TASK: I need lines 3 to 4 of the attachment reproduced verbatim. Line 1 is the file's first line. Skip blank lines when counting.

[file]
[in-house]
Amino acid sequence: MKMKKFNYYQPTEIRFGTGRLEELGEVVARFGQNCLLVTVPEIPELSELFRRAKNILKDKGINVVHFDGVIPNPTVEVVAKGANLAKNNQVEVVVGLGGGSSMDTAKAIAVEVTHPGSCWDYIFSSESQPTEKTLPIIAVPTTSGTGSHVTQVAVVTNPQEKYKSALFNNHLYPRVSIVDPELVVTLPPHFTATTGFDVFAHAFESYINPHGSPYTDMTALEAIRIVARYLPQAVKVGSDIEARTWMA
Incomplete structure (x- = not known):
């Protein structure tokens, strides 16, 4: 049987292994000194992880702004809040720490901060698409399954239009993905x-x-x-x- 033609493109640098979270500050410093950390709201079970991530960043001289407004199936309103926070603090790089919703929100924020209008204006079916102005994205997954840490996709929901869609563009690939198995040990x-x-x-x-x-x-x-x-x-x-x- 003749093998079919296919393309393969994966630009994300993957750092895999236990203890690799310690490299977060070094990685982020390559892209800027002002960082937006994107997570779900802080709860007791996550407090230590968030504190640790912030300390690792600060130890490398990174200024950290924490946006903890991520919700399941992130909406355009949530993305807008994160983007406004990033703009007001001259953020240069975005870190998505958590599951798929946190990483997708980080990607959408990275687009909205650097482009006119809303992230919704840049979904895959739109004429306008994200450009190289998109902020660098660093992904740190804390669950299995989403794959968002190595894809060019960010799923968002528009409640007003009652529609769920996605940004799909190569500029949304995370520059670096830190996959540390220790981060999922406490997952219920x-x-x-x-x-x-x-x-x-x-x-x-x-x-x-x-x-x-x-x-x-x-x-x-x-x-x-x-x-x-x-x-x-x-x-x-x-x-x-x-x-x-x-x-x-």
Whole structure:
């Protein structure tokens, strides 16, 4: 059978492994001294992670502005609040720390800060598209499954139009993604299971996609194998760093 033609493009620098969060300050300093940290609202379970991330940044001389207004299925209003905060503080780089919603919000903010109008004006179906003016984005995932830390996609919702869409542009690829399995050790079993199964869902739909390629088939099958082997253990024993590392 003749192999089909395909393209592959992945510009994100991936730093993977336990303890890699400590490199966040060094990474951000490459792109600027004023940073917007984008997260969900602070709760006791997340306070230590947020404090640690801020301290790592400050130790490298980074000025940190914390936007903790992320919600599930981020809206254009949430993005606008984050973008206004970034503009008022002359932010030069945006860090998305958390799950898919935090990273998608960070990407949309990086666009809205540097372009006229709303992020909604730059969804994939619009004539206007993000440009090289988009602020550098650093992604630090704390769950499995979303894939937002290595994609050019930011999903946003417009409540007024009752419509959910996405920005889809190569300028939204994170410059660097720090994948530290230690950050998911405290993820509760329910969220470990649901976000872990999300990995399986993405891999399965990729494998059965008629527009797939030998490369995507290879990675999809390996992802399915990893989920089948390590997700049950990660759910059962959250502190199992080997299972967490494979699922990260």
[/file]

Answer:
Incomplete structure (x- = not known):
């Protein structure tokens, strides 16, 4: 049987292994000194992880702004809040720490901060698409399954239009993905x-x-x-x- 033609493109640098979270500050410093950390709201079970991530960043001289407004199936309103926070603090790089919703929100924020209008204006079916102005994205997954840490996709929901869609563009690939198995040990x-x-x-x-x-x-x-x-x-x-x- 003749093998079919296919393309393969994966630009994300993957750092895999236990203890690799310690490299977060070094990685982020390559892209800027002002960082937006994107997570779900802080709860007791996550407090230590968030504190640790912030300390690792600060130890490398990174200024950290924490946006903890991520919700399941992130909406355009949530993305807008994160983007406004990033703009007001001259953020240069975005870190998505958590599951798929946190990483997708980080990607959408990275687009909205650097482009006119809303992230919704840049979904895959739109004429306008994200450009190289998109902020660098660093992904740190804390669950299995989403794959968002190595894809060019960010799923968002528009409640007003009652529609769920996605940004799909190569500029949304995370520059670096830190996959540390220790981060999922406490997952219920x-x-x-x-x-x-x-x-x-x-x-x-x-x-x-x-x-x-x-x-x-x-x-x-x-x-x-x-x-x-x-x-x-x-x-x-x-x-x-x-x-x-x-x-x-």